Pre school children show very fast changes on physical, mental and social level. A preschooler’s moods and feelings can be confusing. They show various moods from tears and tantrums to affectionate kisses and uncontrolled energy.
Here, at Aarogya we can help you understand your child better and deal with all the emotional ups and downs that your child goes through. Their hands and feet are adorably little. They wear small clothes, love tiny toys and have a favorite stuffed friend that is just the right size for them to cuddle.
But their feelings are so very big
Preschoolers (aged 2½ to 5 years) can have emotions that demand attention, support and resolution. They are intense, confusing, and surprisingly difficult. They cry suddenly and then are happy in no time. Get ready! You are about to dive into the rough and wonderful environment that is the emotional life of a preschooler.
To Spank Children or Not!
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Why do Parents Spank?
While many parents would agree that hitting children is wrong, spanking children continues to be used as an form of discipline because many parents think spanking will teach children not to do things that are prohibited. Some parents also believe that the nonphysical forms of discipline, like time–out, do not work.
Is Spanking Effective?
While spanking may relieve a parent’s frustration and stop misbehavior temporarily, it may be the least effective discipline method. It does not teach a substitute behavior. In fact, after spanking, children usually feel helpless, offended, embarrassed. The only lesson they learn, is to try harder not to get caught.
Spanking also conveys a wrong message to children. Spanking communicates that hitting is a normal way to solve problems, and that it is all right for a big person to strike a smaller one. When spanking is the primary discipline method used, it may have some potentially harmful long–term effects such as increasing the chances of misbehavior, aggression, violent or criminal behavior, impaired learning, and depression.
Parents of Infants
Spanking will only cause fear and anxiety in children who do not as yet understand such concepts as consequences and danger. Infants respond impulsively to many situations without a real understanding of their surroundings and abilities.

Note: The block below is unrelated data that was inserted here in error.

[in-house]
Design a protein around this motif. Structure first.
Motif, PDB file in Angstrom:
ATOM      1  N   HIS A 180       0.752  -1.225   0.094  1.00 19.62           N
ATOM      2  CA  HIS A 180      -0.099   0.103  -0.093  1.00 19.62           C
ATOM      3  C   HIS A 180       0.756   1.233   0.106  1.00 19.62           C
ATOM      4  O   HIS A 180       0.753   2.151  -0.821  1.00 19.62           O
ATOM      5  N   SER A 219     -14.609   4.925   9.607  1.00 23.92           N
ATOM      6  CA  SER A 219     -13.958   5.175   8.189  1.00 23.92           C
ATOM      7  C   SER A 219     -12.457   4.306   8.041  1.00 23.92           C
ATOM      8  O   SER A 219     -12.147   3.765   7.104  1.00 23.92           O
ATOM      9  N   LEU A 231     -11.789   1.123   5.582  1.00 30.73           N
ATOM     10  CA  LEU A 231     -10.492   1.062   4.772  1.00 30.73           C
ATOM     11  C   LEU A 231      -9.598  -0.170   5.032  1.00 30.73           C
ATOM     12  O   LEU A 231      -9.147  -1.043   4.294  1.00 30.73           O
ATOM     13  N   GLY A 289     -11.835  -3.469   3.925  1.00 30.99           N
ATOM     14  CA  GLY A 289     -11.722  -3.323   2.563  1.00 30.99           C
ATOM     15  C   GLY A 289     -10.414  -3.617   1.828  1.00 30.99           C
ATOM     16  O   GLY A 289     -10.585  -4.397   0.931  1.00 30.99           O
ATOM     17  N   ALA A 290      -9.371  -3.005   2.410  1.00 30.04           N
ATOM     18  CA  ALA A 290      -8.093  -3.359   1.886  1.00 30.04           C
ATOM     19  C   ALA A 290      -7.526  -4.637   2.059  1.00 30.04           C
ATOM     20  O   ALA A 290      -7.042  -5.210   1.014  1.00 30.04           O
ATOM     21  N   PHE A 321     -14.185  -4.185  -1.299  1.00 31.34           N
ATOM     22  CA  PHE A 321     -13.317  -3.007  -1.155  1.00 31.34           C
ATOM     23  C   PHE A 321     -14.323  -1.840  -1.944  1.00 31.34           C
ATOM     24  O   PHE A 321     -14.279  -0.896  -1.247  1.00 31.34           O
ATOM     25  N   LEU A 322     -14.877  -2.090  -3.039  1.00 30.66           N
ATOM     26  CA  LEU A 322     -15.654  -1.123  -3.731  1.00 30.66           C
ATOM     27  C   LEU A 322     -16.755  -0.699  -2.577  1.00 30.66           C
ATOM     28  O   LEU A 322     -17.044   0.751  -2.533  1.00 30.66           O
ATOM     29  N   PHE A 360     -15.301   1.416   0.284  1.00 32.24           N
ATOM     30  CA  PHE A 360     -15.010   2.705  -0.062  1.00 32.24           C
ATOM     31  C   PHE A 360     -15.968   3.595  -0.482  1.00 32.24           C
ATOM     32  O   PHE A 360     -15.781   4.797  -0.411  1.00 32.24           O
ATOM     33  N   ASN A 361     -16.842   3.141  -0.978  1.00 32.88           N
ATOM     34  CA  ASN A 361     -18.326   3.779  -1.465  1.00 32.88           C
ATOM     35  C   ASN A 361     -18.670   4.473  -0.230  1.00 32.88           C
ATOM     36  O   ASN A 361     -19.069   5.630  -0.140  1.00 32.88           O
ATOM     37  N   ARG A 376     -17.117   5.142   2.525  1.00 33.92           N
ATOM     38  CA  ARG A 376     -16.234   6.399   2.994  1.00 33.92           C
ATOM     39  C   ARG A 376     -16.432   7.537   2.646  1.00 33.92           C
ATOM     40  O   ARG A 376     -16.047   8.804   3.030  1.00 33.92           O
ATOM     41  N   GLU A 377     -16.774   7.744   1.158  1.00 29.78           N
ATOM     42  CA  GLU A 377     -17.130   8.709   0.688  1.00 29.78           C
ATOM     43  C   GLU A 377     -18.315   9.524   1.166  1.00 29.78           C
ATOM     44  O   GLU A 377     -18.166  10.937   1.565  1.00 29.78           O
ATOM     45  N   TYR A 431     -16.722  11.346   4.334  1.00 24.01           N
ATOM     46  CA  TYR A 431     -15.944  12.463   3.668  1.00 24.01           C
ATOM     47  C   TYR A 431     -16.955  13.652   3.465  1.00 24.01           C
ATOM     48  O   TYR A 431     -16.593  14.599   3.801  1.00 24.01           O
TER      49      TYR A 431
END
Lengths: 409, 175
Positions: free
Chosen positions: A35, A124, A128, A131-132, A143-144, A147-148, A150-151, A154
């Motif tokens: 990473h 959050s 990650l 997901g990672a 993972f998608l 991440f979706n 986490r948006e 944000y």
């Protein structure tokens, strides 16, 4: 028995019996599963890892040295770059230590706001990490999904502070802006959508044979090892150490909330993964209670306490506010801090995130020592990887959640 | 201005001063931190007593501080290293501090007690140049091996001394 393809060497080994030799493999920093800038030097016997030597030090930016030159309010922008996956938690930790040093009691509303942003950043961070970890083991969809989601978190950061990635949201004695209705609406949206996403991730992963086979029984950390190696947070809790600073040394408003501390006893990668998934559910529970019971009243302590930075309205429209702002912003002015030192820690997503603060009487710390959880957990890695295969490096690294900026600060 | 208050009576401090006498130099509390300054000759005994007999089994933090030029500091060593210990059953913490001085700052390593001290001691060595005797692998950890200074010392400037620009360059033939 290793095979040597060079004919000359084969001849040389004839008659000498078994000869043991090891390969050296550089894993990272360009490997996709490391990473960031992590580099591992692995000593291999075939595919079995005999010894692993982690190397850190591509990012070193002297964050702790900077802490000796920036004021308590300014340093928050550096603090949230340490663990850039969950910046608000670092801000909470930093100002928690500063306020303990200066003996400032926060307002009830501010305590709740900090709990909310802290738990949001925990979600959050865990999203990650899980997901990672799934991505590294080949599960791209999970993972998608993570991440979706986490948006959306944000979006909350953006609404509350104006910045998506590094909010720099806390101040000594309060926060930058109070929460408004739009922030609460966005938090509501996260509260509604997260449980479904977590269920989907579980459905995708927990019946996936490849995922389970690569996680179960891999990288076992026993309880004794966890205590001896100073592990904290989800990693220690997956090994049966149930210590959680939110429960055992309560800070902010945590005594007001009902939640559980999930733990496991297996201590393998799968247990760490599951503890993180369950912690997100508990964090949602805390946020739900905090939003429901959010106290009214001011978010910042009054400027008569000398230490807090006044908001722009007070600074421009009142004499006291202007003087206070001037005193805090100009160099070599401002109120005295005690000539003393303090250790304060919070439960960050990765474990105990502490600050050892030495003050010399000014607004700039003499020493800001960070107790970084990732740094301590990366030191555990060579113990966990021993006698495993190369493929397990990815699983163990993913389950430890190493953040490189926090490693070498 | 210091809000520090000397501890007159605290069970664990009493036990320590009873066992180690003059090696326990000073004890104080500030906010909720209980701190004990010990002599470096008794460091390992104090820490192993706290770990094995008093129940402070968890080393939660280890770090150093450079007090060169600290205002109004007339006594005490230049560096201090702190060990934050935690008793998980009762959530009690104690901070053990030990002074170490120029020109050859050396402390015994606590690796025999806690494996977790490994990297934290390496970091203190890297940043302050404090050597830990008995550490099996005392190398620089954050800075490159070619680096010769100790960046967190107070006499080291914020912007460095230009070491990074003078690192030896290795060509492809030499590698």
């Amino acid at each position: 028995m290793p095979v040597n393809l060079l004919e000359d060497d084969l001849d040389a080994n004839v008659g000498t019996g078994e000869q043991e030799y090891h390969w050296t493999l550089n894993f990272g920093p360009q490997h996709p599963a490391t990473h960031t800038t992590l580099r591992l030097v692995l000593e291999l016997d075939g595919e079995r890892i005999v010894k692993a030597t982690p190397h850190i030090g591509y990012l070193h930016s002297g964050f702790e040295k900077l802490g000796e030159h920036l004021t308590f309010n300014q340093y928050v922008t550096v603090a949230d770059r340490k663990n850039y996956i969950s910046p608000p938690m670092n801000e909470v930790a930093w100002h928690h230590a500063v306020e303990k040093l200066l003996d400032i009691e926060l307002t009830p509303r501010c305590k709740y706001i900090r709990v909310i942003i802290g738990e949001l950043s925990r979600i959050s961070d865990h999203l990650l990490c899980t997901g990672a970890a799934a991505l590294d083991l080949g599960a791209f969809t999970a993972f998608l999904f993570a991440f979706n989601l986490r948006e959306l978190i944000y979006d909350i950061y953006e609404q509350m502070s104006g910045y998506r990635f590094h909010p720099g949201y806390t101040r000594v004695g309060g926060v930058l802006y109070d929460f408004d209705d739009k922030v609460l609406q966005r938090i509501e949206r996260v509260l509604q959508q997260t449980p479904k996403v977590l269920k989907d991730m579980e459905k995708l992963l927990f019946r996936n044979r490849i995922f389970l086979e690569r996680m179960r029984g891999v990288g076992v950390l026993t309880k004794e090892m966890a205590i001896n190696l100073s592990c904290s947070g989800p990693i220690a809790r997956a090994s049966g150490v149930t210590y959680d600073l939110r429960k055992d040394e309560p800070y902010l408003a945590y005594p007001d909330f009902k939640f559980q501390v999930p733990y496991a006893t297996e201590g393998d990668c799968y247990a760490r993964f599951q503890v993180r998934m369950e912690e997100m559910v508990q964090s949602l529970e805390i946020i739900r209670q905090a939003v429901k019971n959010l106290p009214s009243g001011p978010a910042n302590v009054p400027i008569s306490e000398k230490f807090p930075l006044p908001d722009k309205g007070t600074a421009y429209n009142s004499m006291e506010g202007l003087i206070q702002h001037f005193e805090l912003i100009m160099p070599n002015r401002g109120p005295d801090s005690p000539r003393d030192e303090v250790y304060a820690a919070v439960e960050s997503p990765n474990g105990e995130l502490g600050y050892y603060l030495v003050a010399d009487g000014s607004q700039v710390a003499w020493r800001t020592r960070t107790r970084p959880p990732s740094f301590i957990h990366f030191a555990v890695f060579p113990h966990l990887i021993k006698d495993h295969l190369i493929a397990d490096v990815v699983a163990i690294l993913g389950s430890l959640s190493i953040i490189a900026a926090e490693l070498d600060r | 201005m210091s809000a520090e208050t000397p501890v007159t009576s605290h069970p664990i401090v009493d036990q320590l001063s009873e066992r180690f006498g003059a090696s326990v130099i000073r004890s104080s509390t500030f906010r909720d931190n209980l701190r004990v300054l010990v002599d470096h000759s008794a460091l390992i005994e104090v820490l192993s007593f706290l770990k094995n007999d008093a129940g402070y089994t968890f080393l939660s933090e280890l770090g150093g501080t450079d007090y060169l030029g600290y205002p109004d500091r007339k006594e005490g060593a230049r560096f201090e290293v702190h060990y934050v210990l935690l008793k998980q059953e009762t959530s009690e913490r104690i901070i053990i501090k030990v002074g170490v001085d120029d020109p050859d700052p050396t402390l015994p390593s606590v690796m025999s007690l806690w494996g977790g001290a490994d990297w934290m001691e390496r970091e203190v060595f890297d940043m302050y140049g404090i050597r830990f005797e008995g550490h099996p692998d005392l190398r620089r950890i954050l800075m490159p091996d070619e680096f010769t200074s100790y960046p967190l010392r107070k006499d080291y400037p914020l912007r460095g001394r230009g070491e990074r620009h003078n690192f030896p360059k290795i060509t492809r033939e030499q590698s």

- Baby–proof your house so that there is nothing dangerous or breakable in reach.
- When there is danger, grasp an infant’s hand instead of slapping.
- When the infant is holding something that you do not want him to have, give him a toy instead of forcing the item from his hand. He will only hold on the item tighter if you try to snatch.
- Make sure that the baby is in a safe place and then leave the room if you feel your temper flaring.
Disciplining toddlers requires a tremendous amount of time, energy, and patience, so it is important to find effective and appropriate techniques. For example, it will not be effective to tell toddlers not to play with items that are dangerous, such as the stove, because they do not understand the consequences. Spanking, however, will not clarify the consequences either. You must use discipline methods consistently or your child will learn that you are not serious.
- It is natural for toddlers to want to explore their environment so make sure it is safe by removing any harmful dangerous objects.
- Avoid direct clashes with toddlers, which will only make both of you angry and frustrated. Instead, try a diversion or distraction. Many problem situations can be eased with something funny or unexpected, such as tickling a mildly upset child.
- If you start to deliver a slap, divert it to your knee or a table. This sound will interrupt the behavior without hitting the child.
- Since spanking does not occur in calm situation it is important to control your anger. You can walk away, hit a pillow, or write a note. Once you have cooled down, you will probably feel less inclined to spank.
- When you start to feel angry with your children, clap your hands loudly. The sound will interrupt their behavior.
- If your child refuses to listen to you, crouch down to his level, grasp his arms firmly so he cannot avoid looking at you, and then talk calmly.
- If you feel you must punish your children, make sure the punishment is logically related to the incident so that they can learn the lesson you want to teach. Punish them appropriately. Show them that you are concerned for there safety, and that you will enforce safety rules as long as they are needed. Taking away TV, dessert, or spanking will not teach safety.
- Support good behavior. Hugs and praise will go a long way.
- Try to understand the feelings behind your child’s actions. Talk to an older child why they are angry. When an infant cries, ask yourself. Does she want to be held? Is her diaper wet? Is she hungry?
- Share your change of heart. If you have spanked your children in the past, but have decided that you will stop, talk to your children about your decision. This lesson can be valuable for your whole family.
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